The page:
FIGS. 4A, 4B & 4C are illustrations of three typical operative states of an integrated multicast/unicast system and methodology of the type shown in FIG. 1 illustrating bandwidth allocation between unicast, multicast and a priori content;

FIG. 5A is a set of diagrams showing changes in bandwidth allocation and latency over time in accordance with the prior art;

FIG. 5B is a set of diagrams showing changes in bandwidth allocation and latency over time in accordance with one preferred embodiment of the present invention;

FIG. 5C is a set of diagrams showing changes in bandwidth allocation and latency over time in accordance with another preferred embodiment of the present invention;

FIG. 6A is a diagram showing changes in bandwidth allocation over time in accordance with the prior art;

FIG. 6B is a diagram showing changes in bandwidth allocation over time in accordance with one preferred embodiment of the present invention;

FIG. 6C is a diagram showing changes in bandwidth allocation over time in accordance with another preferred embodiment of the present invention;

FIG. 6D is a diagram showing changes in bandwidth allocation over time in accordance with yet another preferred embodiment of the present invention;

FIG. 6E is a diagram showing changes in bandwidth allocation over time in accordance with still another preferred embodiment of the present invention;

FIGS. 7A, 7B and 7C are simplified functional block diagrams illustrating three alternative functionalities of the system shown in FIG. 1;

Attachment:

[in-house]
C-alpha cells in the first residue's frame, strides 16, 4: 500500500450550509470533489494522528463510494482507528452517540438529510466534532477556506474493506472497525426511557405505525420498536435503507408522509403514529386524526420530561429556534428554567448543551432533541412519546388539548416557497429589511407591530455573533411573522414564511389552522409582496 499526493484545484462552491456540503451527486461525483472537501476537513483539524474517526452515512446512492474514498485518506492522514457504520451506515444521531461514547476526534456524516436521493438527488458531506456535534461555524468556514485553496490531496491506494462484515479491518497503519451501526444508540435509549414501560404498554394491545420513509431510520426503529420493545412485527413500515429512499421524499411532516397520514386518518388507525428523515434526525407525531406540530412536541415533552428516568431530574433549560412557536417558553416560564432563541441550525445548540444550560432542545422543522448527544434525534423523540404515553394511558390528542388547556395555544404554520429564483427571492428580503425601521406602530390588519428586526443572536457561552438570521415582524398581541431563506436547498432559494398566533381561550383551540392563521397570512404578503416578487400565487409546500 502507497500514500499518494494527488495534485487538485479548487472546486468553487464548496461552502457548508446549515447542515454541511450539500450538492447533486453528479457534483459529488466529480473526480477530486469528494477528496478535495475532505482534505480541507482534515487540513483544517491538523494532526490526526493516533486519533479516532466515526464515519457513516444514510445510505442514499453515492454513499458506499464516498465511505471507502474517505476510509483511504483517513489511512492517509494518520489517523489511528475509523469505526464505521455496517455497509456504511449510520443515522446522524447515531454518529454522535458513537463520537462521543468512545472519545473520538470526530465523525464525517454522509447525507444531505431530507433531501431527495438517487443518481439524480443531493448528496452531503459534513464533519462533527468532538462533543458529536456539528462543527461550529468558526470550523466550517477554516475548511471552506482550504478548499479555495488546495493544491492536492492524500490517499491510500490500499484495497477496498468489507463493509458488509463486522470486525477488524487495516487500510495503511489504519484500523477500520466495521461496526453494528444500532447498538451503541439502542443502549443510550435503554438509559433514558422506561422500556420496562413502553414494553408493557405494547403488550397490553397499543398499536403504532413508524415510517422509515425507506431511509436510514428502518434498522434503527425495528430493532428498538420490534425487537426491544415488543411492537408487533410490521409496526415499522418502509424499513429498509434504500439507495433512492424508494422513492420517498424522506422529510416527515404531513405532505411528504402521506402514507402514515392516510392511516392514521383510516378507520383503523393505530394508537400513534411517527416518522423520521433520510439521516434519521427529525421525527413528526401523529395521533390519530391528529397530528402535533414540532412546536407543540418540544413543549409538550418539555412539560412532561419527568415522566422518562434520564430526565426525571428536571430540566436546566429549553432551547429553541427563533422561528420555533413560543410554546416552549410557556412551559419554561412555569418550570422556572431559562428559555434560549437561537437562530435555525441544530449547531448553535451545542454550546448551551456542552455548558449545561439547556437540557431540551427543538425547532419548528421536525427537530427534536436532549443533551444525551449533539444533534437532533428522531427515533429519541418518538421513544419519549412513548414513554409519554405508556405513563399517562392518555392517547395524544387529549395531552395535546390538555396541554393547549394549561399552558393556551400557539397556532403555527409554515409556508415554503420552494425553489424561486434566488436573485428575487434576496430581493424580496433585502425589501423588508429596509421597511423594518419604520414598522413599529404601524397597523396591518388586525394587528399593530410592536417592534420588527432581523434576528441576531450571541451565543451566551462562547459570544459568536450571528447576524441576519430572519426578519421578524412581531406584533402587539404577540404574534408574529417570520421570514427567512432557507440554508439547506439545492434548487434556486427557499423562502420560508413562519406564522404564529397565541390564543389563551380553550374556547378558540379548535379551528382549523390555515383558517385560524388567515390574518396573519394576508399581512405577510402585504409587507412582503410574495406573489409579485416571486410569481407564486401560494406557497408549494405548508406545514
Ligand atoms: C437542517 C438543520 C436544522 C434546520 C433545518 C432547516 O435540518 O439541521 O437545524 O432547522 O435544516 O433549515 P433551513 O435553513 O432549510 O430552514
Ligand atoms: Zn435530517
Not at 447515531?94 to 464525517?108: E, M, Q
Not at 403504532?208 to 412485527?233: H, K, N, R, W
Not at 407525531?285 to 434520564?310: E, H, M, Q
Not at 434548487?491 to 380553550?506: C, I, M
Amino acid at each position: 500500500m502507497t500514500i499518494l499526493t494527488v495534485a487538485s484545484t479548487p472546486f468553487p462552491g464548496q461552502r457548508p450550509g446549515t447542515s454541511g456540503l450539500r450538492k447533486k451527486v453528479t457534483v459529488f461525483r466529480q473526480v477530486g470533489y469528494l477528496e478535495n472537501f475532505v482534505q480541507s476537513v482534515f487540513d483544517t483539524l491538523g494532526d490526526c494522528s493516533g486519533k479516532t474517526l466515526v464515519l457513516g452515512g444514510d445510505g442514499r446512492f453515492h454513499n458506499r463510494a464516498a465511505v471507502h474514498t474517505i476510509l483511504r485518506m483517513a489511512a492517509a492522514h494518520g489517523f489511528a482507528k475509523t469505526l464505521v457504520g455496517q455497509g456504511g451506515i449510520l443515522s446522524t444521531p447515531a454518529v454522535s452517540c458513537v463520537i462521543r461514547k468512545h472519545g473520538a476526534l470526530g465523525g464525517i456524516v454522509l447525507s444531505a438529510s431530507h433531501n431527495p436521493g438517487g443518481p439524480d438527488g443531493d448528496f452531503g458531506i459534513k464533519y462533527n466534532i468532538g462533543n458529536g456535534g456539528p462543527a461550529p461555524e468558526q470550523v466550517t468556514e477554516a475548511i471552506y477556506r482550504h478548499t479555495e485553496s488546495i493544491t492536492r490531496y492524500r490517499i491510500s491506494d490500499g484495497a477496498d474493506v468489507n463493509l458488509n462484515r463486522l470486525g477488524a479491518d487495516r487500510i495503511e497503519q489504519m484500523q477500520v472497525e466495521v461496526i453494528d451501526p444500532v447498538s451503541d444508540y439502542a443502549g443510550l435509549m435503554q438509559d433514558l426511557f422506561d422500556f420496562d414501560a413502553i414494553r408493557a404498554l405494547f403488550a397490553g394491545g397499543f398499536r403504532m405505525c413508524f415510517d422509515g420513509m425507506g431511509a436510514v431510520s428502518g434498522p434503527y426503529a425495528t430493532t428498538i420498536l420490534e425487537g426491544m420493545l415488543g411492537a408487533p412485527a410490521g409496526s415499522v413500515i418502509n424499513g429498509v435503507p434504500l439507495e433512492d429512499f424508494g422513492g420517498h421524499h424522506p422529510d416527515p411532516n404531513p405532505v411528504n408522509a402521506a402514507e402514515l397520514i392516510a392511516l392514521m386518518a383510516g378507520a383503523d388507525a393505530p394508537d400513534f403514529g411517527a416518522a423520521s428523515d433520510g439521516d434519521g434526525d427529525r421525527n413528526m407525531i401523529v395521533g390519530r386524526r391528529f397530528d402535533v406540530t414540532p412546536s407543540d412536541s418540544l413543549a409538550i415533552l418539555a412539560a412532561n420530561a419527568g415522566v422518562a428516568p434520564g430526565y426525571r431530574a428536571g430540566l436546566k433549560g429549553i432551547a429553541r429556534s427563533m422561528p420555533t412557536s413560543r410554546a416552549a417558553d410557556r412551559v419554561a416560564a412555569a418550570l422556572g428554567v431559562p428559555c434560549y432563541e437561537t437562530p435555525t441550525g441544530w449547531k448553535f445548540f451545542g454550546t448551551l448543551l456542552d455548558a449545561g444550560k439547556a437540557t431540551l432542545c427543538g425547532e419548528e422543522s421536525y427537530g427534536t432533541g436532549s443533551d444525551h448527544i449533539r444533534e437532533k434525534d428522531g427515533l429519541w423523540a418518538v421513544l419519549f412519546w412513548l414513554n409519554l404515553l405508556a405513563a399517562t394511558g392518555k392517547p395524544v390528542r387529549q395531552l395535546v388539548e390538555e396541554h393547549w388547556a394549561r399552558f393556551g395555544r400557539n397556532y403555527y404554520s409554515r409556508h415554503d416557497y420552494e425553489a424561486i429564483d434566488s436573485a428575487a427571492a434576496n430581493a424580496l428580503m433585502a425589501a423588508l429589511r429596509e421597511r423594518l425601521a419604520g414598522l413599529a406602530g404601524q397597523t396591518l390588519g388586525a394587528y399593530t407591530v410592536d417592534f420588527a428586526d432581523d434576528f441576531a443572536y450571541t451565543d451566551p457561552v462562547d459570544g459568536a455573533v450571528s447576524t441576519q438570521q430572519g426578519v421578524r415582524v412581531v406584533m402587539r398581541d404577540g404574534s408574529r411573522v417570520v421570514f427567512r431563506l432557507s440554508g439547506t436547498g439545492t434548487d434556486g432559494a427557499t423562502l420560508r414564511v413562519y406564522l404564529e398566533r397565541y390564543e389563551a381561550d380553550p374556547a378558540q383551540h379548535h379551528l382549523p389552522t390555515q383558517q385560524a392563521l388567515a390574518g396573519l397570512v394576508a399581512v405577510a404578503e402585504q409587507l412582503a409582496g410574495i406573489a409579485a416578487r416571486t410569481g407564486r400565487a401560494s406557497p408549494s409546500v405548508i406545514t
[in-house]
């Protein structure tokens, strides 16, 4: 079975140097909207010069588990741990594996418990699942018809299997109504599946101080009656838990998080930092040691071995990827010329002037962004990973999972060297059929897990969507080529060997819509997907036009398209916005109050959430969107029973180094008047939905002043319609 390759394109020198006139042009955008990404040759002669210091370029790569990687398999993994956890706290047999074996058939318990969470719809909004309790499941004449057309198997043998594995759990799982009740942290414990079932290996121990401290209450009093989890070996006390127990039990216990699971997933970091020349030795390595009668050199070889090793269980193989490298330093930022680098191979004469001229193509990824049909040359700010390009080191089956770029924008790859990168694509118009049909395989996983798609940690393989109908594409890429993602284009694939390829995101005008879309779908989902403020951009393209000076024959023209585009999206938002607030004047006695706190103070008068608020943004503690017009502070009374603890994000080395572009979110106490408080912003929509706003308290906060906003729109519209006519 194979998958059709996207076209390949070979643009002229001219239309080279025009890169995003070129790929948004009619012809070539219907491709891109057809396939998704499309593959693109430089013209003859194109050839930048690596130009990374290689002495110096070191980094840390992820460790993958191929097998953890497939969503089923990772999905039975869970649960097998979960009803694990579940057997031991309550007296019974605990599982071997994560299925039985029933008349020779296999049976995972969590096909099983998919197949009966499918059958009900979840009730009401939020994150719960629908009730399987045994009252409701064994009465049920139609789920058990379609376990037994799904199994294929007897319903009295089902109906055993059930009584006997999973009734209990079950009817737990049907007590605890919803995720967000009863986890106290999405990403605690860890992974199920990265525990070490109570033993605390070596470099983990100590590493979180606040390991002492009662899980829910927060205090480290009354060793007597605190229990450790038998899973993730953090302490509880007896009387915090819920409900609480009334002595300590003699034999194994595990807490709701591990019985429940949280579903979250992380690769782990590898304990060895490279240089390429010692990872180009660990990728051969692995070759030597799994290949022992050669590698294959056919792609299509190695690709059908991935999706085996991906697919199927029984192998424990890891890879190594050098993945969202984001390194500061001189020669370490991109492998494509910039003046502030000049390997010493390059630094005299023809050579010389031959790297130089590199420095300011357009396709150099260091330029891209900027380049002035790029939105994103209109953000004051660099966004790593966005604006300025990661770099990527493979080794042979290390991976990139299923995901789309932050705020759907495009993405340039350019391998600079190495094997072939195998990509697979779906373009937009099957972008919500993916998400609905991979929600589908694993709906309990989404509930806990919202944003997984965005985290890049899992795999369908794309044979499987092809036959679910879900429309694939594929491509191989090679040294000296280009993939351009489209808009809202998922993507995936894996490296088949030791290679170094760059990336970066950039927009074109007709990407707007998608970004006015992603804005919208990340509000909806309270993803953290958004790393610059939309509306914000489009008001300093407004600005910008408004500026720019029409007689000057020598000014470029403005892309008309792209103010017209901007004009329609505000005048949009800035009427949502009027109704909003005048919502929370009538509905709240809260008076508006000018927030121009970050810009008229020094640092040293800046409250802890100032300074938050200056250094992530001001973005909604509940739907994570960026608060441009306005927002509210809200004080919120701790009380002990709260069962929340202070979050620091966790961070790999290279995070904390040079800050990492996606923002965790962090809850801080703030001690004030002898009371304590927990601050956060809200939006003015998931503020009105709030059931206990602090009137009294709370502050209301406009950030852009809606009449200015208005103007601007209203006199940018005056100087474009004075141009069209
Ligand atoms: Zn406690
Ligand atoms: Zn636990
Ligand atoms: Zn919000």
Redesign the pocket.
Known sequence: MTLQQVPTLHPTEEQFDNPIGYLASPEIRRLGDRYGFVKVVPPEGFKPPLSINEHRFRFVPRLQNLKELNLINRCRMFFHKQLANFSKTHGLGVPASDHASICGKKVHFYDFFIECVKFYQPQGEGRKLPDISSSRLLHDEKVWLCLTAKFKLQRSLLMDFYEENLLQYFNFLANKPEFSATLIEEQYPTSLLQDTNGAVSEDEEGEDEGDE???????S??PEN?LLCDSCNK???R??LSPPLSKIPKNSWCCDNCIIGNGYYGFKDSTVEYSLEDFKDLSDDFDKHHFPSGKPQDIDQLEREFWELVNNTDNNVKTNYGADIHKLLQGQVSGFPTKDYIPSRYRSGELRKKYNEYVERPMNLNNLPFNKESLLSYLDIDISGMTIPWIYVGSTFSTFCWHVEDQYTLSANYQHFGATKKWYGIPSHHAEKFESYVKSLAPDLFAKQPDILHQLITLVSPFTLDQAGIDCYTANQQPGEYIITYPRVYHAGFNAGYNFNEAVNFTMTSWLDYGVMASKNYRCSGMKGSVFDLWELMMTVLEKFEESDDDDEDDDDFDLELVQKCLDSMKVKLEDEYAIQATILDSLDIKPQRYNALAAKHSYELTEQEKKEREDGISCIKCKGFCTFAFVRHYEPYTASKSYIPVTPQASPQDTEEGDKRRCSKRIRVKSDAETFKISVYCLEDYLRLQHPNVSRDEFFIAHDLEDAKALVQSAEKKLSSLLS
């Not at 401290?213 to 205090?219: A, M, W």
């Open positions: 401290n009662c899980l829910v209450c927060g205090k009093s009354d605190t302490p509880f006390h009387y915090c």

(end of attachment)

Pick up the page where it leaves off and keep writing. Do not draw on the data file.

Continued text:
FIGS. 8A and 8B are simplified functional block diagrams illustrating two alternative realizations of the functionality described in FIGS. 3A-3C and FIG. 7A;

FIGS. 9A/1, 9A/2, 9B/1 and 9B/2 are simplified flow diagrams corresponding respectively to the simplified functional block diagrams of FIGS. 8A and 8B;

FIGS. 10A and 10B are simplified functional block diagrams illustrating two alternative realizations of the functionality described in FIGS. 4A & 4B and FIG. 7B;

FIGS. 11A/1, 11A/2, 11B/1 and 11B/2 are simplified flow diagrams corresponding respectively to the simplified functional block diagrams of FIGS. 10A and 10B;

FIGS. 12A and 12B are simplified functional block diagrams illustrating two alternative realizations of the functionality described in FIG. 4C and FIG. 7C;

FIGS. 13A/1, 13A/2, 13B/1 and 13B/2 are simplified flow diagrams corresponding respectively to the simplified functional block diagrams of FIGS. 12A and 12B;

FIG. 14 is a simplified flowchart illustrating the operation of an algorithm for bandwidth allocation in an unicast-multicast environment, wherein unicast and multicast do not share the same bandwidth;

FIG. 15 is a simplified flowchart illustrating the operation of an algorithm for bandwidth allocation in a unicast-multicast environment, wherein unicast and multicast do share the same bandwidth; and

FIG. 16 is a simplified flowchart illustrating the operation of an algorithm for bandwidth allocation in an unicast-multicast environment, wherein unicast, a priori multicast and triggered multicast share the same bandwidth.

DETAILED DESCRIPTION OF PREFERRED EMBODIMENTS

Reference is now made to FIG. 1, which is a simplified and generalized pictorial illustration of an integrated multicast/unicast system and methodology for providing content to users via electronic media.